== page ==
In my essay It’s Time To Abandon Facebook I listed over half a dozen reasons why I think people should start moving away from the social network. I also acknowledged that doing so wouldn’t be easy and would have to happen gradually. After all, many people (including myself) have whole friend networks on Facebook, use it as the primary way to connect and keep in touch with folks we love, and sometimes feel like we need it in order to find other people like ourselves. Abandoning those connections is hard.
But given that it’s more than clear that Facebook’s executives don’t care about fixing the network’s many problems as long as those problems don’t interfere with the revenue stream, it’s up to users to take action.
That action doesn’t have to be Delete Your Account — not at first.
In this post, and in subsequent posts in this series, I will detail how users can start the gradual process of abandoning Facebook and maybe even feel empowered to pressure the network to make change for the better.
Step 1: Stop Giving Facebook Money
Facebook wants to show you ads. All the time. In the browser, on mobile, even in Messenger. That’s how they make money. I’m not against a company making money. Coders have to eat. What I am against is companies prioritizing making money over the needs of their users. The only way Facebook will listen to people asking for change is if they start to lose money.
Start By Blocking Ads
All major desktop browsers have extensions or add-ons that will block ads on Facebook as well as everywhere else. Just go to the websites for Firefox Add-Ons, Chrome Extensions, Safari Extensions, or Internet Explorer Add-Ons and search for Adblock. Several will come up. I prefer Adblock Plus, myself, as the blocking scripts update frequently.
If you still see ads on the sidebar after installing and refreshing, you may want to get a specific adblocker for Facebook (search that term in the repositories linked above). This is also a good alternative if you don’t want to block ads all over the Internet, just on Facebook.
To get rid of sponsored posts in your feed, try using a Facebook customizer like FB Purity or Social Fixer. Both of those extensions have a variety of settings, one of which hides sponsored posts from your feed.
Delete the Facebook App (and Messenger, Too)
Mobile browsers don’t have ad-blocking extensions yet, and most people access Facebook through an app, anyway. To escape ads there, stop using the app and access the site through your phone’s browser. To escape ads and sponsored posts, don’t log in to m.facebook.com, the mobile site, log in to mbasic.facebook.com. This version of Facebook is made for mobile users with much less bandwidth. It has all the same functions as the mobile site, just stripped down. No ads or sponsored posts (that I’ve seen while using, anyway).
Even better, you can still access your Facebook messages via mbasic.facebook.com. No more of the site telling you that you have to download Messenger. You only get the basic functionality — sending messages — but for many, that’s what they want. And again, you avoid the ads Facebook keeps pushing into Messenger and the other related chat apps.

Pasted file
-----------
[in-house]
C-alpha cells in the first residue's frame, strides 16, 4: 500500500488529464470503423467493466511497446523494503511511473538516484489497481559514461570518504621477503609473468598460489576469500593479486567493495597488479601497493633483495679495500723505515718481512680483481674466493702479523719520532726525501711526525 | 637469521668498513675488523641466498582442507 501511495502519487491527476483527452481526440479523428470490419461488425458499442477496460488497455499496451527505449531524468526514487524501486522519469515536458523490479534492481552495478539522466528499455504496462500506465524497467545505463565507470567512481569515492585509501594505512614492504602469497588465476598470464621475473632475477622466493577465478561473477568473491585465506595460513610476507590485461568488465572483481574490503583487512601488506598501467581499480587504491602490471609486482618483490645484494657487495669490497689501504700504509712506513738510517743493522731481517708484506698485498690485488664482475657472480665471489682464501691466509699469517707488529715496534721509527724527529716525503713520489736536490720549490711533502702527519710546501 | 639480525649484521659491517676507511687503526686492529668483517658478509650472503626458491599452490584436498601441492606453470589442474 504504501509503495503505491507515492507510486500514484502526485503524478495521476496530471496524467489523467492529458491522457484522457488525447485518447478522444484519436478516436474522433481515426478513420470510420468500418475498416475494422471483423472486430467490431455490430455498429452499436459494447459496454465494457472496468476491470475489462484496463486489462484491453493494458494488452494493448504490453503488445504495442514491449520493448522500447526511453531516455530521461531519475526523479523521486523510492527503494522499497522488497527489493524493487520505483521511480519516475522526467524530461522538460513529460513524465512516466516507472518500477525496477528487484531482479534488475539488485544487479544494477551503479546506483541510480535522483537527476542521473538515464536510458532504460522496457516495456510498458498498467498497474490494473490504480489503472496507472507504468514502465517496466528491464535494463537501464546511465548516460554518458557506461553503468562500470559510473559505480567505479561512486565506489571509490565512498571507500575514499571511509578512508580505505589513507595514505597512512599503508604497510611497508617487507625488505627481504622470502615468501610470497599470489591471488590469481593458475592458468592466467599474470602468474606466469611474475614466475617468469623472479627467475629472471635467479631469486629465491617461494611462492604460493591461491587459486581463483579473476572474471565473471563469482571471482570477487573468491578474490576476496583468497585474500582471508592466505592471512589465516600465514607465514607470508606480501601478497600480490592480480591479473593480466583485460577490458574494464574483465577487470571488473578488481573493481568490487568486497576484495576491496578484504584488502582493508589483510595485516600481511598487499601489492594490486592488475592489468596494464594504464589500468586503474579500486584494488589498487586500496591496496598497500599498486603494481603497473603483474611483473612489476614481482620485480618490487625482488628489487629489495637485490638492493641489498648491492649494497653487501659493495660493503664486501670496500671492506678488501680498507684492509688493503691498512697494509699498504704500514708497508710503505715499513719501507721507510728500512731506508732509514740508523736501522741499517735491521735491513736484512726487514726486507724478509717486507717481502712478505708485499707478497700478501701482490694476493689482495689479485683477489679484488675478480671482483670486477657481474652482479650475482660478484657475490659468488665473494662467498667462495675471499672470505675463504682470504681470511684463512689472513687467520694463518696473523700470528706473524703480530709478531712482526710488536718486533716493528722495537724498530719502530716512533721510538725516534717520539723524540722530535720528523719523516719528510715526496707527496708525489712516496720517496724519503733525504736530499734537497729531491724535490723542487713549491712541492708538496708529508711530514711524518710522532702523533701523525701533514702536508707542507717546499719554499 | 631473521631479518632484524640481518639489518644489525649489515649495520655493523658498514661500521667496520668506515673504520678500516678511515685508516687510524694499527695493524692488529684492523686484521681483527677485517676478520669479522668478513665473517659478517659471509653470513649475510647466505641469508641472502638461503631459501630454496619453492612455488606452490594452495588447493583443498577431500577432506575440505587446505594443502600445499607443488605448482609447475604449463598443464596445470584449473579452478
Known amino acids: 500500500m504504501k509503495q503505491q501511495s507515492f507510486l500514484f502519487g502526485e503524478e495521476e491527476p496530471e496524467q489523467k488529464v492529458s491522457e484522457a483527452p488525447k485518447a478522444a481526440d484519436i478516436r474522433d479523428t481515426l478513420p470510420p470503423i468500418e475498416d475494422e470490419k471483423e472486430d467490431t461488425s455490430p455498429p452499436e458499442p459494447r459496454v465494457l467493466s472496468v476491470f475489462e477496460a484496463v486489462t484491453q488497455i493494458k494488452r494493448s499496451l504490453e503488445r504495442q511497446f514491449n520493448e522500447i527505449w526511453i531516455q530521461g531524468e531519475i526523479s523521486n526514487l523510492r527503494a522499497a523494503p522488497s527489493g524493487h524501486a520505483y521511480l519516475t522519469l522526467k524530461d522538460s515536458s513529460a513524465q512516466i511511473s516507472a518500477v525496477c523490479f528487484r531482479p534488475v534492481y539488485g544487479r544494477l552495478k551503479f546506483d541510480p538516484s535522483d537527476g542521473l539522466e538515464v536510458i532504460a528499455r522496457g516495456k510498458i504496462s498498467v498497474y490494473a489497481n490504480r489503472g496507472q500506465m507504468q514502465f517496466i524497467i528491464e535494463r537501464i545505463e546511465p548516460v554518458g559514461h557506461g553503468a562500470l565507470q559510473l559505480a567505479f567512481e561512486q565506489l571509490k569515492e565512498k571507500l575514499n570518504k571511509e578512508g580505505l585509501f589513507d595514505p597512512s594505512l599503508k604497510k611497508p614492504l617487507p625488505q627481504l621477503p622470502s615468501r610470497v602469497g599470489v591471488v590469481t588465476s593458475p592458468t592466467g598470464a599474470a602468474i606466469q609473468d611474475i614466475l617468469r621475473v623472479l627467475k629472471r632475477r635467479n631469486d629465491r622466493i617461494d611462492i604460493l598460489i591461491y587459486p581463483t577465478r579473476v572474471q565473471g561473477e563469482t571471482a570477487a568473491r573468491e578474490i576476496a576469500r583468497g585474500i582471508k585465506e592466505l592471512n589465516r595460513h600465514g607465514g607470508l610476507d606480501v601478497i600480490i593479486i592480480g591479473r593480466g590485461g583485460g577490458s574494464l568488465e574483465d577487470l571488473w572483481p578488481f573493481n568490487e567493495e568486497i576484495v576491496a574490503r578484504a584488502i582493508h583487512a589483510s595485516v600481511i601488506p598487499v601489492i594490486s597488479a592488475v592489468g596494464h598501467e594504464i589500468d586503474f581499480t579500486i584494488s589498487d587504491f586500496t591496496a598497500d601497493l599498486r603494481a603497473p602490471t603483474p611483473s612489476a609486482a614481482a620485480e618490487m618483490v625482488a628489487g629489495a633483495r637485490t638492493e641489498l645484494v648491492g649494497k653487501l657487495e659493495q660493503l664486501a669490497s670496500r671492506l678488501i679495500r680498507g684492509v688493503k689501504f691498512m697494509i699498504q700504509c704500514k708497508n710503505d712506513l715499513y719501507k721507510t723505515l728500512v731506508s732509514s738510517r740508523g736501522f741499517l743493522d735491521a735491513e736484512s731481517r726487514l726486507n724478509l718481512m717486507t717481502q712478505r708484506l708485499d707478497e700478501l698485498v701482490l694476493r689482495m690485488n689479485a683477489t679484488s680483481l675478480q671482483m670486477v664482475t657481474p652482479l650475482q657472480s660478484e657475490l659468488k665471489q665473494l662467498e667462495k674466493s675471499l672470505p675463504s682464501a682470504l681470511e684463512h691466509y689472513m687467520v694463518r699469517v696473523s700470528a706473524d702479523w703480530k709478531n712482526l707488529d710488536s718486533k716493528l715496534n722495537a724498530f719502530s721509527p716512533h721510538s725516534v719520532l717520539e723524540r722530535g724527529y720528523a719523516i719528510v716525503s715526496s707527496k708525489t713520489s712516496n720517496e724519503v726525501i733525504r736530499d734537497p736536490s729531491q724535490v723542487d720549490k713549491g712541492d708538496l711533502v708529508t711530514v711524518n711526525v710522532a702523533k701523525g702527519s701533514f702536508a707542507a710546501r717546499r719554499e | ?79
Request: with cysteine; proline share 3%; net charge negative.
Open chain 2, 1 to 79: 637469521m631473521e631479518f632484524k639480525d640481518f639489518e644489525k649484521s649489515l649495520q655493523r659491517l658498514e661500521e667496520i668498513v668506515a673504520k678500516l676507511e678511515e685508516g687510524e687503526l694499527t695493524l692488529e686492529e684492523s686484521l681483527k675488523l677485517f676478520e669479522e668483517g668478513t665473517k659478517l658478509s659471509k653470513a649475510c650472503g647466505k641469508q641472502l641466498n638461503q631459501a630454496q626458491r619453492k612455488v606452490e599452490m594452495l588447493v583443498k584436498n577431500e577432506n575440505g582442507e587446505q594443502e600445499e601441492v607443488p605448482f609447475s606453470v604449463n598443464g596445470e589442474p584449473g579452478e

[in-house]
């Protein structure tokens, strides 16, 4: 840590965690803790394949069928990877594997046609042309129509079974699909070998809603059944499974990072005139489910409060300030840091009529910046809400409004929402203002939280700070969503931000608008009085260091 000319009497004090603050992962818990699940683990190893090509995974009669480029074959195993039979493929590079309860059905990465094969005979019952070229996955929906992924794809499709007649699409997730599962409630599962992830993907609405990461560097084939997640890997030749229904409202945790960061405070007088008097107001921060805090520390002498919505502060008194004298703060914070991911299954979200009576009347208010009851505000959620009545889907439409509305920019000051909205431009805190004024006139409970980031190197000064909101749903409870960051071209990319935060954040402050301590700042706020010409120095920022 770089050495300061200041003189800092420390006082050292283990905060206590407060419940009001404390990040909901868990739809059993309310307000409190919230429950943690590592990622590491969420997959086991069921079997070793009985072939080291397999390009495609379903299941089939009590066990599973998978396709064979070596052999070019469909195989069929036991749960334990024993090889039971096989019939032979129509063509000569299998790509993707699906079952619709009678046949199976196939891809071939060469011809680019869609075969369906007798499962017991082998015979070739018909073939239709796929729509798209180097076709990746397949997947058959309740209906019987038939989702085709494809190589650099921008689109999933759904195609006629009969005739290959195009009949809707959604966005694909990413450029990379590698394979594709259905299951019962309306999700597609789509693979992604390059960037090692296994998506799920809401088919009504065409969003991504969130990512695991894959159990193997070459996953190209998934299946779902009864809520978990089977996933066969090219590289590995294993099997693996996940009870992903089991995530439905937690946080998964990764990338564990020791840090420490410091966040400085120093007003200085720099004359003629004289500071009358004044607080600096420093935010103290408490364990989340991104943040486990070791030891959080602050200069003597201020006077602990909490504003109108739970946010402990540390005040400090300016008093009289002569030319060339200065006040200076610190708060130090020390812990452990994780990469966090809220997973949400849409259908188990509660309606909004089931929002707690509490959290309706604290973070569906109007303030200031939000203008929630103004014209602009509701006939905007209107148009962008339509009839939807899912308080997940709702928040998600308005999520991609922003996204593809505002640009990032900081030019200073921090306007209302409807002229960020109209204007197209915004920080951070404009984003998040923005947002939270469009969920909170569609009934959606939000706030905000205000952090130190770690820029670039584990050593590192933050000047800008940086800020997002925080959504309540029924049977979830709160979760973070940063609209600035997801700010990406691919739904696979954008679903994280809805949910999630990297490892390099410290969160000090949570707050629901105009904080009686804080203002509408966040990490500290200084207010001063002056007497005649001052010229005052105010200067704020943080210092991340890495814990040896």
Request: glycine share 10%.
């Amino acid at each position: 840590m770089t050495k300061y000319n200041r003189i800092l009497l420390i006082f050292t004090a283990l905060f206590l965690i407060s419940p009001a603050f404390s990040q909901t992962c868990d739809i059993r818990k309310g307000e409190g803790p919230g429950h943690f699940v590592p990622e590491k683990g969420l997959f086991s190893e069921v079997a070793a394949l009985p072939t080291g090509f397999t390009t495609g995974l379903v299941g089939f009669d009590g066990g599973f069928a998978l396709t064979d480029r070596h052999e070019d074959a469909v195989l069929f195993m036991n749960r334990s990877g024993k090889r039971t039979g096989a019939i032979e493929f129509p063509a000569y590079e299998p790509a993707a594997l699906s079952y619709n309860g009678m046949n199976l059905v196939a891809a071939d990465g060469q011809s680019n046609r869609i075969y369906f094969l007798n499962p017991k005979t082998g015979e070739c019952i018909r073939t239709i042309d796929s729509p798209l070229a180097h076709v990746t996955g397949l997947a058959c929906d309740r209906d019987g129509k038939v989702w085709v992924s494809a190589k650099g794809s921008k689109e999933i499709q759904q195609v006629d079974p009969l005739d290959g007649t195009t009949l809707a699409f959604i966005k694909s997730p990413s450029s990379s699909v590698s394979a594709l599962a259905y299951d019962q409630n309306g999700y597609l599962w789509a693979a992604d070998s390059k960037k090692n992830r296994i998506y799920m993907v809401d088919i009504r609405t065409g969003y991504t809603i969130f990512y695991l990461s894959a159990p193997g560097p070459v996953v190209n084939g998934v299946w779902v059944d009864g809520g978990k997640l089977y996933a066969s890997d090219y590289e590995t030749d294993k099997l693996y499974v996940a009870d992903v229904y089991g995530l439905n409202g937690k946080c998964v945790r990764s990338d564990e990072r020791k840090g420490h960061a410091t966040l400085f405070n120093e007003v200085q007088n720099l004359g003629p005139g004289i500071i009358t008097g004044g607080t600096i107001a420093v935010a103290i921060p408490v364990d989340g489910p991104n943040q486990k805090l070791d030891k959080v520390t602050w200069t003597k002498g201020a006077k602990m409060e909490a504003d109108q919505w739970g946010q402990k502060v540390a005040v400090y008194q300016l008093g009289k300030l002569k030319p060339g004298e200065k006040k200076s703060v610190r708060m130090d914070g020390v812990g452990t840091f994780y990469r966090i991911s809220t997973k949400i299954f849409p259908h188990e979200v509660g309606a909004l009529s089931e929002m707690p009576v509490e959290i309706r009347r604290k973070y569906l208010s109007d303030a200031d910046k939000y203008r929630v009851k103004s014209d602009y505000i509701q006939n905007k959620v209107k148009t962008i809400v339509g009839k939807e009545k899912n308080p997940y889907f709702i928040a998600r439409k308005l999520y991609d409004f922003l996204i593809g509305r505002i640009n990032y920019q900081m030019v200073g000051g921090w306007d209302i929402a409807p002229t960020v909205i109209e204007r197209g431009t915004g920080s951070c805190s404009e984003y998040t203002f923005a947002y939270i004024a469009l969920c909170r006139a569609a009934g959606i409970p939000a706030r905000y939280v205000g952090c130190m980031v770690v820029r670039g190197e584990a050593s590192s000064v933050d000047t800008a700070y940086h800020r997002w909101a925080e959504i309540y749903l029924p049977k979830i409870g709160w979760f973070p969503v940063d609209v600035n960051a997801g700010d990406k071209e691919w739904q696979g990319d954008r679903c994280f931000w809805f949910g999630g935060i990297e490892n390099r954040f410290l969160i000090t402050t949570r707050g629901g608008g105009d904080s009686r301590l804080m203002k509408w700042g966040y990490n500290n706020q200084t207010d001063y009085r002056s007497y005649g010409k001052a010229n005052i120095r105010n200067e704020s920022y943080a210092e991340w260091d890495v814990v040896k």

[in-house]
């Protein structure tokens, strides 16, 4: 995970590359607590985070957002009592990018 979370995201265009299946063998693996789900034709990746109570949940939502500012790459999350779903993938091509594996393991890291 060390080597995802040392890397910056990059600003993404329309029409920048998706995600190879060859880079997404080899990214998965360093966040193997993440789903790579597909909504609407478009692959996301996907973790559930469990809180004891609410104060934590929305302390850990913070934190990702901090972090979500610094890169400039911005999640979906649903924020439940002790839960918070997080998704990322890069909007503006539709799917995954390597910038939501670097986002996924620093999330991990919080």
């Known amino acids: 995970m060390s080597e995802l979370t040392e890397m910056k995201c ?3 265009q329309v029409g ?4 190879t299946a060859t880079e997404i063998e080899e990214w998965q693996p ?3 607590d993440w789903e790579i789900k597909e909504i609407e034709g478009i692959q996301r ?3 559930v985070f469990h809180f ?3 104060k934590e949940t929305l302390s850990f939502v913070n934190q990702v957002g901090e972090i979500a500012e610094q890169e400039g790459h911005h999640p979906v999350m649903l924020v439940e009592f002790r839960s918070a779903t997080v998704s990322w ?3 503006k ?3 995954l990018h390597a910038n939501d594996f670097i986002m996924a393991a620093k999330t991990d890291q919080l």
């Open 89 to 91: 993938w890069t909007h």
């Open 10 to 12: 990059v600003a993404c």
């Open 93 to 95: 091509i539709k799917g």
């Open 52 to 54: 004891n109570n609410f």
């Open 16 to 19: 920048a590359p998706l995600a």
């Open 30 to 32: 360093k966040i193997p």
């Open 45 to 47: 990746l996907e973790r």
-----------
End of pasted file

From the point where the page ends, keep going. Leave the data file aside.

Stop Buying Virtual Game Currency
This one is harder, because people do love their games! And I don’t want to be the one telling folks not to play games that give them pleasure. However, every time you spend money in a social game on Facebook, the social network gets a cut.
Consider playing that game through the developer’s website, or only on your phone, or downloading it, if any of those options are available.
But isn’t blocking ads wrong and evil? Doesn’t it make you The Worst?
No. You don’t owe Facebook, or the advertisers it works with, anything. Not even your eyeballs on their ads. Especially when you’re pulling back from Facebook in protest. An economic boycott is a legitimate and time-honored form of protest, even if you’re not announcing it to the world or coordinating it on a large scale. Individual protests have impact as well.
Not looking at ads does impact the advertisers, yes, and not just the huge ones like Ford or Starbucks. Smaller businesses and indie creatives and entrepreneurs also advertise there. I’m sorry they will be impacted, but that is part of the point. If Facebook cannot put ads in front of a ton of users and the metrics show that, advertisers will have to make different choices about where they spend their ad dollars.
And those smaller businesses and individuals who are impacted by this kind of thing? Are in this position because Facebook makes organic reach really, really hard. That’s one of the reasons the company is a huge problem. They create the need to buy advertising by suppressing organic reach and punishing those who use third-party apps to post (despite the fact that both Facebook and said apps keep trying to convince people this isn’t true).
The way to change all this? Hit them in the wallet.
In Part 2 I’ll talk about Gaming the News Feed to circumvent some of the more annoying aspects of Facebook while you gradually wean yourself from it.